Earth and Sky

Oklahoma is considered to be the windiest state in the USA, although other states may have a higher average of velocities. In parts of Oklahoma the wind is pretty constant.

How soon we forget! Who was the first man to walk on the Moon? Who was the second? What "Apollo" flight was it? Where did they land? What was the name of the spaceship in which they landed? What was the name of the command module and who stayed in it while the other two landed?

The answers: Neil Armstrong, Edwin Aldrin, "Apollo 11", Sea of Tranquility, the Lunar Excursion Module (LEM) "Eagle", the mother ship "Columbia" and Michael Collins. It all happened in July 20, 1969.

180 scientist, including 15 Nobel winners, say astrology is nonsense, that positions of the stars and planets could not possibly have anything to do with the destiny of earthlings. On the other hand, professional astrologers say that 50 mln. people regulate their daily lives by their horoscopes.

Animal

Cats, monkeys and some other animals have tear ducts (слезные железы) for the purpose of clearing their eyes and can, therefore, cry. But not for the same reasons a human does.

Biggest crocodiles are those of the rivers in South America. They get up to twenty-three feet in length.

Another thing about alligators: they sing! Fact. It is a big, booming voice. Nobody seemes to know for sure if both males and females have this romantic voice. If both do, they could really make beautiful music together.

Vegetable

Two-thirds of the world's coffee comes from Brazil, but it didn't originate there. First coffee is thought to have come from Abyssinia (Эфиопия). It was unknown to the Greeks and Romans and was not introduced to Europe until the 16th century.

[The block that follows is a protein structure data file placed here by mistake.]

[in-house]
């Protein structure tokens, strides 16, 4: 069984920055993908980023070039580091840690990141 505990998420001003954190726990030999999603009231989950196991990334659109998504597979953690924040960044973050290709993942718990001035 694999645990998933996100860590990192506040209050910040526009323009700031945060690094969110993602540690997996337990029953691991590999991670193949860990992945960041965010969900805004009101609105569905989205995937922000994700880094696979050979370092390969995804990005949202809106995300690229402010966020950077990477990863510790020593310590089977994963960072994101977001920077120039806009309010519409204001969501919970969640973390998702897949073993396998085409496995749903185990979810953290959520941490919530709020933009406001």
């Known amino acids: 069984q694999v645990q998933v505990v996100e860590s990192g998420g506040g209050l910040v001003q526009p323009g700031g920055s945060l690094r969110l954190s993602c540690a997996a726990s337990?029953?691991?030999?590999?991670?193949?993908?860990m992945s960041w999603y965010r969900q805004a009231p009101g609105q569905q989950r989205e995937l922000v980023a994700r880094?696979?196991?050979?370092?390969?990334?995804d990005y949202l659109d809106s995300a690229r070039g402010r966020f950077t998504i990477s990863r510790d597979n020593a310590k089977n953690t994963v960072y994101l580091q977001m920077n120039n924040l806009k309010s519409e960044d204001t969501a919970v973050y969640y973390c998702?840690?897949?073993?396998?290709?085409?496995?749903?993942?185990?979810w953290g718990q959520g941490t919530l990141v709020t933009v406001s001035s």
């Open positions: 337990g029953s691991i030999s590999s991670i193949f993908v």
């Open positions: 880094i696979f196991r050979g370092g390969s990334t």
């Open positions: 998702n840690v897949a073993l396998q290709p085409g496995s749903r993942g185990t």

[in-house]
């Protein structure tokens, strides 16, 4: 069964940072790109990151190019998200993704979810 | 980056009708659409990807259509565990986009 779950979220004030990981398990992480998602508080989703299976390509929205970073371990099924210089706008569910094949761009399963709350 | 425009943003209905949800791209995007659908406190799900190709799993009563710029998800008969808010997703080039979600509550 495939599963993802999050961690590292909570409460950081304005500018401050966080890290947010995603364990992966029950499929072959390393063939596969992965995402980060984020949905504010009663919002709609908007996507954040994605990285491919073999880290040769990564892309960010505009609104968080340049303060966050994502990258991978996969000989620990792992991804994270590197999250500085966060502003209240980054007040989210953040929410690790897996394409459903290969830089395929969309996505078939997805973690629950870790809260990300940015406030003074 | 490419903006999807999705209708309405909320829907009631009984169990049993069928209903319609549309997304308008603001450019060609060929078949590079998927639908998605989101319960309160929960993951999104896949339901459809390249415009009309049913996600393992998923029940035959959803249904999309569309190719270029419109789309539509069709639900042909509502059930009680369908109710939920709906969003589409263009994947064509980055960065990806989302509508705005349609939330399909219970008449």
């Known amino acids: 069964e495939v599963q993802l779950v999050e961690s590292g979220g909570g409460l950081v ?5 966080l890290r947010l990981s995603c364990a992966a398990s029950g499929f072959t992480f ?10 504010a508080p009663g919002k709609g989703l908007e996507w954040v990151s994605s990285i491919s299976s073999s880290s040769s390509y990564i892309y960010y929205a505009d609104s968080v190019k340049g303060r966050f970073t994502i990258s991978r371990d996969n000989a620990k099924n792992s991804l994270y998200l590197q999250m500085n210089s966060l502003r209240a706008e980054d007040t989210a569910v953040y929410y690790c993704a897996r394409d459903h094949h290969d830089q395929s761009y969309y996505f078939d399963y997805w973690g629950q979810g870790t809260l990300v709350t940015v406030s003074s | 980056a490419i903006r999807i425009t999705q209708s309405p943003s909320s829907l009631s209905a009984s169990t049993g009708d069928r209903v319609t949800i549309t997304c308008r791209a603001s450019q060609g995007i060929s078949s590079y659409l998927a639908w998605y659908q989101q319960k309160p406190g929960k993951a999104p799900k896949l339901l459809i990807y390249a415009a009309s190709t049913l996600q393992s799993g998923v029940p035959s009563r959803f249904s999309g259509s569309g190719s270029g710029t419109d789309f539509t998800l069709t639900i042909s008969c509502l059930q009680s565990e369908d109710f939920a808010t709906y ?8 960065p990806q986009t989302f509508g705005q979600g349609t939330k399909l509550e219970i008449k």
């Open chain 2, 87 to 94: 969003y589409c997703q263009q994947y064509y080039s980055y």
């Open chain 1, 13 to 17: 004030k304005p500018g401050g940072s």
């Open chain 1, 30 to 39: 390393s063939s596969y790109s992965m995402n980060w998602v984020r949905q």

When potatoes were first introduced to Europe, people were skeptical and ate only the leaves (which made them sick) and threw away the rest.

Before Columbus, Europe had never tasted corn, potatoes, tomatoes, red peppers, sweet potatoes, chocolate, pumpkins, any kind of beans, peanuts, coconuts, pineapples, many wild berries, vanilla, and of course Coca-Cola. All these food items are native to America.

Et Cetera

Nobody knows who first made ice-cream. It has been traced to the ancient Egyptians. But we do know that George Washington bought a mashine for making ice-cream in 1784 ... and put the cost on his expense account.

Columbus wasn't the 1st to get the idea the world was round. At least, 1.500 years before him Greek philosophers had concluded our planet was a sphere. During the Middle Ages that conclusion was lost or ignored, and leading scientists were sure the Earth was flat.

Columbus was the 1st to set out to prove the world was round, although his first objective was to find a shortcut to the riches of India.

Basketball isn't the original name of that game. Dr. James Naismith, who invented it, said he first called it "indoor rugby", but one of the 1st players on one of the 1st teams started calling it basketball because of the baskets that were the original goals. The name stuck.

Advertising is as old as recorded history, the 1st ads being announcements for missing animals or slaves scrawled on rocks and walls.

The Egyptians had papyrus hand bills 3.000 thousand years ago.

First church on the American continent was at Tlaxcala, Mexico. It was built in 1521, only twenty-nine years after Columbus first landed.